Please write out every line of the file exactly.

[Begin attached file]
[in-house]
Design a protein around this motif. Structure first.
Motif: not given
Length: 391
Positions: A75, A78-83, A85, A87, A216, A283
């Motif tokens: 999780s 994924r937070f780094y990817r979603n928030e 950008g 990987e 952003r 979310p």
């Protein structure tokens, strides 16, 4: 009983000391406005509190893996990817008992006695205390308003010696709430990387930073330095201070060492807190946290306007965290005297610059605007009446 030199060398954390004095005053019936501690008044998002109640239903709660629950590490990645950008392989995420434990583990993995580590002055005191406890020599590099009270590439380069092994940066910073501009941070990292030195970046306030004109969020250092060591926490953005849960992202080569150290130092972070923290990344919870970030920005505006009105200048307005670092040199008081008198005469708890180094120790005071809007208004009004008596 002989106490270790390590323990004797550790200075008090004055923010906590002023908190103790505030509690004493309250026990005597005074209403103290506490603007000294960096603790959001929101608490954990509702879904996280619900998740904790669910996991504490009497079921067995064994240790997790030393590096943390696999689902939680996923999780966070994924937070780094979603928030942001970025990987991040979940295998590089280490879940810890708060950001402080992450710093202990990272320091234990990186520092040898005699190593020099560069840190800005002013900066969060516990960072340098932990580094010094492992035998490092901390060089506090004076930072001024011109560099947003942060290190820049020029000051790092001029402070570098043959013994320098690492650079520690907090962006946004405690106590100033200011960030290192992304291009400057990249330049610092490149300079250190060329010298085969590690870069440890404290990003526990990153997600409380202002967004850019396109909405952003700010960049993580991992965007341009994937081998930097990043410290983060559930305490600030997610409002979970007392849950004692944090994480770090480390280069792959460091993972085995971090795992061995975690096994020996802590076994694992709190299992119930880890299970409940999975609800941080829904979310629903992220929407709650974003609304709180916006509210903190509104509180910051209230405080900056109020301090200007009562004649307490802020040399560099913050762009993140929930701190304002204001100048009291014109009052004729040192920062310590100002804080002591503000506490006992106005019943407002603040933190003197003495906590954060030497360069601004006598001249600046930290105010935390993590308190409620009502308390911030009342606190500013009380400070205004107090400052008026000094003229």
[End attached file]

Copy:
[in-house]
Design a protein around this motif. Structure first.
Motif: not given
Length: 391
Positions: A75, A78-83, A85, A87, A216, A283
């Motif tokens: 999780s 994924r937070f780094y990817r979603n928030e 950008g 990987e 952003r 979310p």
């Protein structure tokens, strides 16, 4: 009983000391406005509190893996990817008992006695205390308003010696709430990387930073330095201070060492807190946290306007965290005297610059605007009446 030199060398954390004095005053019936501690008044998002109640239903709660629950590490990645950008392989995420434990583990993995580590002055005191406890020599590099009270590439380069092994940066910073501009941070990292030195970046306030004109969020250092060591926490953005849960992202080569150290130092972070923290990344919870970030920005505006009105200048307005670092040199008081008198005469708890180094120790005071809007208004009004008596 002989106490270790390590323990004797550790200075008090004055923010906590002023908190103790505030509690004493309250026990005597005074209403103290506490603007000294960096603790959001929101608490954990509702879904996280619900998740904790669910996991504490009497079921067995064994240790997790030393590096943390696999689902939680996923999780966070994924937070780094979603928030942001970025990987991040979940295998590089280490879940810890708060950001402080992450710093202990990272320091234990990186520092040898005699190593020099560069840190800005002013900066969060516990960072340098932990580094010094492992035998490092901390060089506090004076930072001024011109560099947003942060290190820049020029000051790092001029402070570098043959013994320098690492650079520690907090962006946004405690106590100033200011960030290192992304291009400057990249330049610092490149300079250190060329010298085969590690870069440890404290990003526990990153997600409380202002967004850019396109909405952003700010960049993580991992965007341009994937081998930097990043410290983060559930305490600030997610409002979970007392849950004692944090994480770090480390280069792959460091993972085995971090795992061995975690096994020996802590076994694992709190299992119930880890299970409940999975609800941080829904979310629903992220929407709650974003609304709180916006509210903190509104509180910051209230405080900056109020301090200007009562004649307490802020040399560099913050762009993140929930701190304002204001100048009291014109009052004729040192920062310590100002804080002591503000506490006992106005019943407002603040933190003197003495906590954060030497360069601004006598001249600046930290105010935390993590308190409620009502308390911030009342606190500013009380400070205004107090400052008026000094003229």